“Do not think about the past, it is done, it cannot change,” he continued. “Do not think about the future, it is not born yet. You control your thoughts, your thoughts do not control you. You need to exercise your mind like you exercise your body, so you will have better control of your mind.” He said this all with a bright smile on his face and laughed at our incredulous expressions.

“It… is… easy… isn’t it?” I said, slowly.

Ben, Brittany and the monks
Our monk is the smiley one next to Ben

“Yes!” he said, laughing. “It is easy! Later, will I think ‘Today an American boy and his beautiful girlfriend came to ask questions?’ No, I will not. Because it is in the past. I focus on only what I do. Right now I am talking, talking. Right now you are hearing, hearing. When you are walking, you are only walking, walking. When you are kissing you are only kissing, kissing. That is all! Ha ha! It is easy! To focus. Control you mind. Be happy all the time!”

It was a mental breakthrough like I’ve never experienced before. I wanted to reach across the table and hug him tearfully, but checked myself upon remembering that women cannot touch monks.

Instead, we thanked him profusely, clarified a few English words for him, and stood up to go. As we were leaving, he called out after us, “be happy in your travels through Thailand together!” before laughing, turning on his bare feet, and walking back into the monastery.

Right now I am writing, writing… Right now, you are reading, reading…

3. Wok and Rolls (Spring)

Tourists come to Chiang Mai to do two things: they trek and they take a Thai cooking class. Not wanting to miss out, on one of our last days in Chiang Mai, Ben and I signed up for a cooking class on an organic farm a little bit outside of town.

Because on the morning of the trek, we’d woken up late and missed breakfast, which was obviously completely unacceptable, Ben made sure to get up super early before our all-day cooking class to order us two gigantic breakfasts. I know: we didn’t eat before an hours-long trek and we stuffed ourselves before a class in which we were cooking seven courses. Things like this happen if Ben ever misses a meal.

On the way to the farm, we stopped at a local market where our instructor gave us a tour of the various ingredients commonly used in Thai dishes. Did you know that coconut milk is not actually the milk inside of the coconut, but the liquid that comes from juiced coconut shavings? We also saw a variety of delightful fried insects. Bamboo worm! Yum!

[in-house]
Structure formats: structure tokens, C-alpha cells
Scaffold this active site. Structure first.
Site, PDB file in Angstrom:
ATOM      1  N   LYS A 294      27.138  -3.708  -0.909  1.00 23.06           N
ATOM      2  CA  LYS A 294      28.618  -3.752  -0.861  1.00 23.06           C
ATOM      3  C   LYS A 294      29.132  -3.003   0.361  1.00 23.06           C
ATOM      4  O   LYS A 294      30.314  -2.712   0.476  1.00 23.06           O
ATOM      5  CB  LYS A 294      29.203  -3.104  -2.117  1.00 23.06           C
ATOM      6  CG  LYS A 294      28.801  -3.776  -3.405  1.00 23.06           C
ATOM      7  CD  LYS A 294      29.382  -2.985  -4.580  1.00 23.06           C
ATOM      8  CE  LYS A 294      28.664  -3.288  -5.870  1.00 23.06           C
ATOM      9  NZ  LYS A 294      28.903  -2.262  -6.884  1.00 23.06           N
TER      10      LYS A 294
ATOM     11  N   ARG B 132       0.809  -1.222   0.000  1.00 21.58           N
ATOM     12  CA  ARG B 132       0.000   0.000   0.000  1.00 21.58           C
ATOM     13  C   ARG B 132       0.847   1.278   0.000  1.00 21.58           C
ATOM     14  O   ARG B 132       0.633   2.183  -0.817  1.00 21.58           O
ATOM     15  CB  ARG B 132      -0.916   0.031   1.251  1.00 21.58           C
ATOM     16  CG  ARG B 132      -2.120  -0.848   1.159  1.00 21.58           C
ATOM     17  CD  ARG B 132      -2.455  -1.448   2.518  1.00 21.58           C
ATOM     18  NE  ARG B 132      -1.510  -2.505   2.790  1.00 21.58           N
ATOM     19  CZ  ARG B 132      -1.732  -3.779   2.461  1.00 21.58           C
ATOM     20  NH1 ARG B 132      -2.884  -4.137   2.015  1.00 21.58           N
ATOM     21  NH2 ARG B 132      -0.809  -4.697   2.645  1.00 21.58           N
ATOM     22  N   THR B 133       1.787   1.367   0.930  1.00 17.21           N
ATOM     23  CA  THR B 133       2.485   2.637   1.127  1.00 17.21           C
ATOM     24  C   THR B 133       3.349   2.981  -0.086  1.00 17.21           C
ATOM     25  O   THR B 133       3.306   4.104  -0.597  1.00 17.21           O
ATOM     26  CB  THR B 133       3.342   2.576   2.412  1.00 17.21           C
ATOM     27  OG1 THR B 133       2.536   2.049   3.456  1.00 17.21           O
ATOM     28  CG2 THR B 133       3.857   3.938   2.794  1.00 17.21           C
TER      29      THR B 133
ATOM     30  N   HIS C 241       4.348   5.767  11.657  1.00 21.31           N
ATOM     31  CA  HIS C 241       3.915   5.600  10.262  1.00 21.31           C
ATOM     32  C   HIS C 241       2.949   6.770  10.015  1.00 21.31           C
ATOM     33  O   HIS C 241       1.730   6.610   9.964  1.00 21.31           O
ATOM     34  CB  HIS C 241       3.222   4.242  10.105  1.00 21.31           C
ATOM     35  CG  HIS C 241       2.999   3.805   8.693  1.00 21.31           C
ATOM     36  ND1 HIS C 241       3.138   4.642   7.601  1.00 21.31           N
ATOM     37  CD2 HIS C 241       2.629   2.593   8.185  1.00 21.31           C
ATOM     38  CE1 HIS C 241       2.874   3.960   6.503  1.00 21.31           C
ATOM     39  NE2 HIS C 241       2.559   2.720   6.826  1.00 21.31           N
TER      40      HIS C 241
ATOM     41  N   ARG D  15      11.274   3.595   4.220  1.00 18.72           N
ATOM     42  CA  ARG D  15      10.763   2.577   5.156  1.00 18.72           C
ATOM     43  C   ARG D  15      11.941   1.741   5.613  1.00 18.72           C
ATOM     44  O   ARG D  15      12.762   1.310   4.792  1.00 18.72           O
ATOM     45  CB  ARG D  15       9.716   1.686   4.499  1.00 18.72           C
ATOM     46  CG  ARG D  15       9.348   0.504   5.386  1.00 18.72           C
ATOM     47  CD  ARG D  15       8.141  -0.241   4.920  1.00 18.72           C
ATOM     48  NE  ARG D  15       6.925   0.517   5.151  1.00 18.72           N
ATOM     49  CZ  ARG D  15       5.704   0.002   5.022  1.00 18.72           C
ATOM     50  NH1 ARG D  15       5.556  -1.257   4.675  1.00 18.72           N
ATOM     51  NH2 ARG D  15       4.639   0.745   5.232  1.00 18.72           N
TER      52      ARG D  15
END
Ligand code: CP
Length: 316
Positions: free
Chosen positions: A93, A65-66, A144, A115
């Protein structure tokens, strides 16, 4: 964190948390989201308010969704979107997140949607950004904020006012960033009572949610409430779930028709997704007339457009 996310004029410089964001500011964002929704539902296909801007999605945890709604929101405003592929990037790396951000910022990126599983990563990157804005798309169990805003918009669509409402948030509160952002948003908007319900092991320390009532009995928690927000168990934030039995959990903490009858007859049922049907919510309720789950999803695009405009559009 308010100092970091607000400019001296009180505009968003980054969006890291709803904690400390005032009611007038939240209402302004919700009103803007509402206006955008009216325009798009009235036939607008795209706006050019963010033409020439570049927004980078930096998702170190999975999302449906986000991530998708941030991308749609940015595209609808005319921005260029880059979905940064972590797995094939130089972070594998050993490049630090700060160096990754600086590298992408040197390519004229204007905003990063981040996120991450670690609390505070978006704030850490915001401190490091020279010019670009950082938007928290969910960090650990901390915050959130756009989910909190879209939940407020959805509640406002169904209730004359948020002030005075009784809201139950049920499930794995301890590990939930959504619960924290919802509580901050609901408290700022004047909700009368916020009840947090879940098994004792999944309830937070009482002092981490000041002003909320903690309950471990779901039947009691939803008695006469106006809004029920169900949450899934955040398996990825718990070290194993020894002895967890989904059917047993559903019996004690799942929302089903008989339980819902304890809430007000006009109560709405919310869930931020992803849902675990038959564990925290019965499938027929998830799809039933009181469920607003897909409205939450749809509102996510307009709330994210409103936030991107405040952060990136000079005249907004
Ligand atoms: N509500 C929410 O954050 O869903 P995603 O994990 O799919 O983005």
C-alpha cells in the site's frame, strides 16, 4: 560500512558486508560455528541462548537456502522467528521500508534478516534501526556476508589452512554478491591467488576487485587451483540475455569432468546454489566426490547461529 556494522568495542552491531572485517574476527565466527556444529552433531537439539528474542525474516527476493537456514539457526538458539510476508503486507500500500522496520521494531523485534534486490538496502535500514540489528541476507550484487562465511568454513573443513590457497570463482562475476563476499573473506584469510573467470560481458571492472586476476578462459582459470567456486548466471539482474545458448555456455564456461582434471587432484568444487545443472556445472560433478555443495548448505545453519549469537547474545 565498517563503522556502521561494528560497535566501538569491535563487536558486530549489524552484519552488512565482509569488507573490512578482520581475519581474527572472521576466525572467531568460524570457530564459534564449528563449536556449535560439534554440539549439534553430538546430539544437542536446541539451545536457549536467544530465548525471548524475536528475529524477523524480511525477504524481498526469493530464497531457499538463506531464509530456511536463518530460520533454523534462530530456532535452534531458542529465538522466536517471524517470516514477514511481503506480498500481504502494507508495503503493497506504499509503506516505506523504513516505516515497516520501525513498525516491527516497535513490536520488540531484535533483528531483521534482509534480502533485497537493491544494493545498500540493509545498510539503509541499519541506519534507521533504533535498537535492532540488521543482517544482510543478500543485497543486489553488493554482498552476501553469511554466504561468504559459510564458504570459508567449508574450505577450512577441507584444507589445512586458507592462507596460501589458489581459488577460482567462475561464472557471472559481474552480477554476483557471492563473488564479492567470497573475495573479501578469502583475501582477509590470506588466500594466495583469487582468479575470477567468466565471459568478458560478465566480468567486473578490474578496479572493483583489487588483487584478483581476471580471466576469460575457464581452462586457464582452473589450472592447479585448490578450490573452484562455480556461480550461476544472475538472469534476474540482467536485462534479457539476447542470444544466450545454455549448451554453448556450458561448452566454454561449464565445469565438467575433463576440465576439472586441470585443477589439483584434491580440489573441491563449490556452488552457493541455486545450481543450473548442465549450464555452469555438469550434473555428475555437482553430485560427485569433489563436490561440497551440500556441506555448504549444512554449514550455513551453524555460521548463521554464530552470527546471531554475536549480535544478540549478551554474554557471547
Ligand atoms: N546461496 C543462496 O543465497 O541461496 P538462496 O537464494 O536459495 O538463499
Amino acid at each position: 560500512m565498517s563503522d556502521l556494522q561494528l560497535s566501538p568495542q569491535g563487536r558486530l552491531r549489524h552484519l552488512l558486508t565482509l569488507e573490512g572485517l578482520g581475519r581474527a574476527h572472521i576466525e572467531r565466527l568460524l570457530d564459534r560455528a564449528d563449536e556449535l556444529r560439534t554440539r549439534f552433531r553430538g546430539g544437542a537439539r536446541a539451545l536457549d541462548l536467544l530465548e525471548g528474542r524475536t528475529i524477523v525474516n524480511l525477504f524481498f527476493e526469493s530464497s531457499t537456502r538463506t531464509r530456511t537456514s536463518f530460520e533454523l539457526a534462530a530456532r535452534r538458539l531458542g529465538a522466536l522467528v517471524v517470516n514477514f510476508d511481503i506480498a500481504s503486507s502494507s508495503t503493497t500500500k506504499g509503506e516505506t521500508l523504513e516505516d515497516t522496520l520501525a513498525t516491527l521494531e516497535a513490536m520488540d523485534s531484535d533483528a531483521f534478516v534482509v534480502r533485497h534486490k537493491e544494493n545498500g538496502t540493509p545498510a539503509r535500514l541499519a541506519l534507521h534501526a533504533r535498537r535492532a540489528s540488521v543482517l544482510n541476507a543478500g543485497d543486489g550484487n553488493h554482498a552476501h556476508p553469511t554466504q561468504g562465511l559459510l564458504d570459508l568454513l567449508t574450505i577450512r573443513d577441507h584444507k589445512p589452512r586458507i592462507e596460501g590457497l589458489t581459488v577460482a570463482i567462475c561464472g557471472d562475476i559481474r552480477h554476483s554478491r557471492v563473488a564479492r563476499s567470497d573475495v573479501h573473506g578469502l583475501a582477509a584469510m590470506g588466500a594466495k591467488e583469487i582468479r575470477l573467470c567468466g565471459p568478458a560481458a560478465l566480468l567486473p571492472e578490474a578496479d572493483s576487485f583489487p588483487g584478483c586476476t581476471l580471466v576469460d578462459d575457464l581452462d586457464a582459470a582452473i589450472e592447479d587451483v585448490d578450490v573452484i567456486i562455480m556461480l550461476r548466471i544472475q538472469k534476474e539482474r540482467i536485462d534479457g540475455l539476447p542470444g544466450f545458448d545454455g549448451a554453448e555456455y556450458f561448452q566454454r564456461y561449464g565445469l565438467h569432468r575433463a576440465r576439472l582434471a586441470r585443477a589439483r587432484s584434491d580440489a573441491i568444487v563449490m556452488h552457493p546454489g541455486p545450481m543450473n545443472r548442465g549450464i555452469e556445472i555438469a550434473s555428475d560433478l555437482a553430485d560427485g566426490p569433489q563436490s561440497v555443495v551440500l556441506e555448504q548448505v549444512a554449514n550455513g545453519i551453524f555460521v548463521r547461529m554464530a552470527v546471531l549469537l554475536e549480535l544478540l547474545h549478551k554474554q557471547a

After a tour of the farm and sampling (and promptly spitting out) the homegrown bitter/hot herbs used in Thai cuisine, we got down to cooking. It was quite a sight to see me trying to work a very heavy mortar and pestle to grind fresh red curry paste — nearly as hilarious as watching Ben attempt to yield a large wok. In the end, though, we made pad thai, spring rolls, curries, papaya salad, Thai soups, and a couple other stir fried dishes — impressive, huh? Before you moochers back at home get any ideas about having trained chefs prepare authentic Thai food for you, I should let you know that we immediately forgot everything we learned.

our finish productsFor dessert, Ben was making mango with sweetened sticky rice, while I was able to choose between either fried banana or fried pumpkin in coconut milk. Because Ben claims he’s “banana-ed out” and because of his not-so-subtle prodding (“gee, that pumpkin dessert sure would be delicious! I wish I could make that one too!”), I decided to be a good girlfriend and select the pumpkin in coconut milk option.

When I finished cooking, I held up a piece for Ben to try. “That is NOT pumpkin!” he exclaimed, grimacing upon tasting my creation.

“Yes it is. That’s what pumpkin tastes like,” I replied.

“But it doesn’t taste like pumpkin pie at all!”

I paused, thinking that he must be joking. He wasn’t. “Do you mean to tell me that over the past four years we’ve been ordering all these ‘exotic’ pumpkin dishes, none of which we’ve really enjoyed, because you like pumpkin PIE?? That just means you like pie!”

“No… I also like pumpkin bread,” he said, meekly.

“So you like sugar! Great!” I said, huffily making him switch desserts with me.

While we had a great time at the cooking course, and ate lots of delicious food, we realized later that evening that we hadn’t actually learned anything. I couldn’t recreate any of those dishes if I wanted to, and I’d hoped to learn a little bit more about the general techniques used in cooking Asian food. The class did show me that Thai cooking is more accessible than I previously thought and now I definitely want to own a wok, if only to entertain myself by watching Ben use it.

Our beautiful week in Chiang Mai came to an end sooner than either of us wanted. We left the city to experience our first sketchy S.E. Asian border crossing, but our trip into Laos is a story for another day…

3 responses so far

Mar 09 2008

Trekking Adventures in Thailand: Day 2

Published by under Chiang Mai,Thailand

We were woken up the next morning by the crowing of the village roosters. As least once an hour, starting shortly after midnight. I was under the impression that roosters crowed at dawn (an assumption that was validated in Italy), but this hilltribe has been blessed with one rooster that crows at any old time. And whenever he does, he sets off the rest of the impressionable lot. None of us enjoyed the restful sleep we’d anticipated upon first seeing our floor mats, but on the bright side, being awake at 3am allowed us to enjoy the music of pigs rooting around under the stilts that supported our hut.